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Almost half our species could be extinct in 50 years due to climate change, researchers predict

Researchers studied recent extinctions from climate change to estimate how many species could be gone by 2070.

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The common giant tree frog from Madagascar is one of many species impacted by climate change. 

John J. Wiens/University of Arizona

Hundreds of Earth's creatures are at risk of extinction due to climate change: By 2070, we could lose almost half of all animal and plant species -- depending upon human response to the warming planet -- according to a new study from the University of Arizona.

The study, published in the Proceedings of the National Academy of Sciences journal, examined 538 species and 581 sites worldwide, focusing on the same species found at the same sites at least 10 years apart. Researchers gathered climate data from the time of the earliest survey of each site and the most recent. Some 44 percent of the 538 species had already gone extinct at one or more sites, the study found. 

Extinctions occurred more often at locations that hit maximum annual temperatures (so hottest daily highs) as opposed to those with smaller changes in average yearly temperature, according to the study.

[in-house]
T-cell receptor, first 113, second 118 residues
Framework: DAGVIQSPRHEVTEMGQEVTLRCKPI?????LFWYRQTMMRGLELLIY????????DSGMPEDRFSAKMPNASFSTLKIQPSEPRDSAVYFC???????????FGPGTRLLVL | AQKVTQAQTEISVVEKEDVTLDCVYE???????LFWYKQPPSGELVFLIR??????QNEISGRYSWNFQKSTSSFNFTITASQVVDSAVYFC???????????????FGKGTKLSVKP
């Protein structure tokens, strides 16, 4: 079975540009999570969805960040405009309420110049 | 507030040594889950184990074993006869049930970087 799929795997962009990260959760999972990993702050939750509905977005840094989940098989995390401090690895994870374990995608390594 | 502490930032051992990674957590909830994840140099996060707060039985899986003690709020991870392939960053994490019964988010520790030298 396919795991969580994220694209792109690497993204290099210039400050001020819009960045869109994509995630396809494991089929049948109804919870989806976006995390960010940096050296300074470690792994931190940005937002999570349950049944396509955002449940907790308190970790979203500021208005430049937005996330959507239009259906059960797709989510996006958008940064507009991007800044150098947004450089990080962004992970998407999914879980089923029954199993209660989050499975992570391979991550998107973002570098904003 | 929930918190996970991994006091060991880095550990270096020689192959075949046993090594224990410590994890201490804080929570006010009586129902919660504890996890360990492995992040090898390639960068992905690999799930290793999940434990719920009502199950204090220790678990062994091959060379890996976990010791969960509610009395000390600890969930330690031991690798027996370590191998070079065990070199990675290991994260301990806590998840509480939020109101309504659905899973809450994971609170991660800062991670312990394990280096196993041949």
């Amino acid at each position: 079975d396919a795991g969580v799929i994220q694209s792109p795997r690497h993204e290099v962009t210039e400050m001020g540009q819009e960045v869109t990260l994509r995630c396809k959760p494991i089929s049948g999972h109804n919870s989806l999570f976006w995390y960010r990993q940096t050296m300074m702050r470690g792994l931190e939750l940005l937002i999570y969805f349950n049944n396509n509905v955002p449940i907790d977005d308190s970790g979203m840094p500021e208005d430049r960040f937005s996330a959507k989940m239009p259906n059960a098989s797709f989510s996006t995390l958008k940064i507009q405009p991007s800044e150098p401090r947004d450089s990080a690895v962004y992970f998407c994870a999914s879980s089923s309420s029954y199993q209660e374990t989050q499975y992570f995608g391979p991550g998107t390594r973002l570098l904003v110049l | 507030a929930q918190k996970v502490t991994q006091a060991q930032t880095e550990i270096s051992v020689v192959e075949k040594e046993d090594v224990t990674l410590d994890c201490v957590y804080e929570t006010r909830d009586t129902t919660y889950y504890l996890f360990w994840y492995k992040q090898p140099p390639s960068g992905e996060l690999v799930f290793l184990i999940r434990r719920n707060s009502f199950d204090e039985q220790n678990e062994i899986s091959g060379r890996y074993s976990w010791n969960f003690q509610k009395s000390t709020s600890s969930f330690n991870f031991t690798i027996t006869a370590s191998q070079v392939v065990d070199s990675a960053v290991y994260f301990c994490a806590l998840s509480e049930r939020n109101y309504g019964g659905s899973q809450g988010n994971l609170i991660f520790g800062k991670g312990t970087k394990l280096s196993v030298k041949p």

Species loss will ultimately depend on how humans combat climate change, and how much the planet warms in the future.

"In a way, it's a 'choose your own adventure,'" John J. Wiens, study co-author and professor in the Department of Ecology and Evolutionary Biology at University of Arizona, said in a press release. "If we stick to the Paris Agreement to combat climate change, we may lose fewer than two out of every 10 plant and animal species on Earth by 2070. But if humans cause larger temperature increases, we could lose more than a third or even half of all animal and plant species, based on our results."

In May 2019, a United Nations-backed report compiled by 145 experts from across the globe found that up to 1 million plant and animal species are threatened with extinction within decades.